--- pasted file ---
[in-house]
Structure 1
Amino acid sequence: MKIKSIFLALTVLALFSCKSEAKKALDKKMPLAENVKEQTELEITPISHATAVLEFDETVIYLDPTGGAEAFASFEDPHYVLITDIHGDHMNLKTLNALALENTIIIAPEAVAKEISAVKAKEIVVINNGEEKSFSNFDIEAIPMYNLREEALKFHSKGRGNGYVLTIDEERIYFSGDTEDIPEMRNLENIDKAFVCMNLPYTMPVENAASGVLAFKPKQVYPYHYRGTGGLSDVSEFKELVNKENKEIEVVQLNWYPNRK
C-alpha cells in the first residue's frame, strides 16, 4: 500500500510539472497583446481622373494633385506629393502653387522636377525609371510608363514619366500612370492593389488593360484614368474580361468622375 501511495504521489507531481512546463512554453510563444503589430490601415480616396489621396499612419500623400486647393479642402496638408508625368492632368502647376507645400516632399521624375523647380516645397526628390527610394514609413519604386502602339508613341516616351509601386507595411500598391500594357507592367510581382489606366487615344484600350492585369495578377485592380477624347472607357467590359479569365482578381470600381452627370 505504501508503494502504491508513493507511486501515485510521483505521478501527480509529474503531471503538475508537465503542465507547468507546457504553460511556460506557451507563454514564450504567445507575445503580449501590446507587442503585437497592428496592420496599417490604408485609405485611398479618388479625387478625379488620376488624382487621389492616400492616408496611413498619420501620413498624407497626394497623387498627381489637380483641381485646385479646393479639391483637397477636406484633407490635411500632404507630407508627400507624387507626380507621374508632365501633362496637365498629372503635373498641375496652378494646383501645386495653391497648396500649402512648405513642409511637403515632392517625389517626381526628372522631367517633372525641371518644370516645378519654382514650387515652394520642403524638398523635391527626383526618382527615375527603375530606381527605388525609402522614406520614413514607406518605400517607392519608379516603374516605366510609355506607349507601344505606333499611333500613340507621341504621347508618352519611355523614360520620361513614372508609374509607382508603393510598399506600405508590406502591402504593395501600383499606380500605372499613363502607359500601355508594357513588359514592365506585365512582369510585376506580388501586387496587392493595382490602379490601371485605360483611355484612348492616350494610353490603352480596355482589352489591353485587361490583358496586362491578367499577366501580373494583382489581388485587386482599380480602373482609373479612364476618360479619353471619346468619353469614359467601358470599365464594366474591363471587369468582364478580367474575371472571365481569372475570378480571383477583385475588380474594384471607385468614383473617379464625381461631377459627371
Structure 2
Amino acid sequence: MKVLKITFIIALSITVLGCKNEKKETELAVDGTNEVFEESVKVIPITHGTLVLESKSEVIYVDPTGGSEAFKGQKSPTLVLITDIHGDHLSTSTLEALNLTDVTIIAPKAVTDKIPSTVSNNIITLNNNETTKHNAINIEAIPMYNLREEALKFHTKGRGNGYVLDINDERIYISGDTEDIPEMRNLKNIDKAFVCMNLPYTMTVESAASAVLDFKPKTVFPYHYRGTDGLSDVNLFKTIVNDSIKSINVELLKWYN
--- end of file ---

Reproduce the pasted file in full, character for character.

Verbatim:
[in-house]
Structure 1
Amino acid sequence: MKIKSIFLALTVLALFSCKSEAKKALDKKMPLAENVKEQTELEITPISHATAVLEFDETVIYLDPTGGAEAFASFEDPHYVLITDIHGDHMNLKTLNALALENTIIIAPEAVAKEISAVKAKEIVVINNGEEKSFSNFDIEAIPMYNLREEALKFHSKGRGNGYVLTIDEERIYFSGDTEDIPEMRNLENIDKAFVCMNLPYTMPVENAASGVLAFKPKQVYPYHYRGTGGLSDVSEFKELVNKENKEIEVVQLNWYPNRK
C-alpha cells in the first residue's frame, strides 16, 4: 500500500510539472497583446481622373494633385506629393502653387522636377525609371510608363514619366500612370492593389488593360484614368474580361468622375 501511495504521489507531481512546463512554453510563444503589430490601415480616396489621396499612419500623400486647393479642402496638408508625368492632368502647376507645400516632399521624375523647380516645397526628390527610394514609413519604386502602339508613341516616351509601386507595411500598391500594357507592367510581382489606366487615344484600350492585369495578377485592380477624347472607357467590359479569365482578381470600381452627370 505504501508503494502504491508513493507511486501515485510521483505521478501527480509529474503531471503538475508537465503542465507547468507546457504553460511556460506557451507563454514564450504567445507575445503580449501590446507587442503585437497592428496592420496599417490604408485609405485611398479618388479625387478625379488620376488624382487621389492616400492616408496611413498619420501620413498624407497626394497623387498627381489637380483641381485646385479646393479639391483637397477636406484633407490635411500632404507630407508627400507624387507626380507621374508632365501633362496637365498629372503635373498641375496652378494646383501645386495653391497648396500649402512648405513642409511637403515632392517625389517626381526628372522631367517633372525641371518644370516645378519654382514650387515652394520642403524638398523635391527626383526618382527615375527603375530606381527605388525609402522614406520614413514607406518605400517607392519608379516603374516605366510609355506607349507601344505606333499611333500613340507621341504621347508618352519611355523614360520620361513614372508609374509607382508603393510598399506600405508590406502591402504593395501600383499606380500605372499613363502607359500601355508594357513588359514592365506585365512582369510585376506580388501586387496587392493595382490602379490601371485605360483611355484612348492616350494610353490603352480596355482589352489591353485587361490583358496586362491578367499577366501580373494583382489581388485587386482599380480602373482609373479612364476618360479619353471619346468619353469614359467601358470599365464594366474591363471587369468582364478580367474575371472571365481569372475570378480571383477583385475588380474594384471607385468614383473617379464625381461631377459627371
Structure 2
Amino acid sequence: MKVLKITFIIALSITVLGCKNEKKETELAVDGTNEVFEESVKVIPITHGTLVLESKSEVIYVDPTGGSEAFKGQKSPTLVLITDIHGDHLSTSTLEALNLTDVTIIAPKAVTDKIPSTVSNNIITLNNNETTKHNAINIEAIPMYNLREEALKFHTKGRGNGYVLDINDERIYISGDTEDIPEMRNLKNIDKAFVCMNLPYTMTVESAASAVLDFKPKTVFPYHYRGTDGLSDVNLFKTIVNDSIKSINVELLKWYN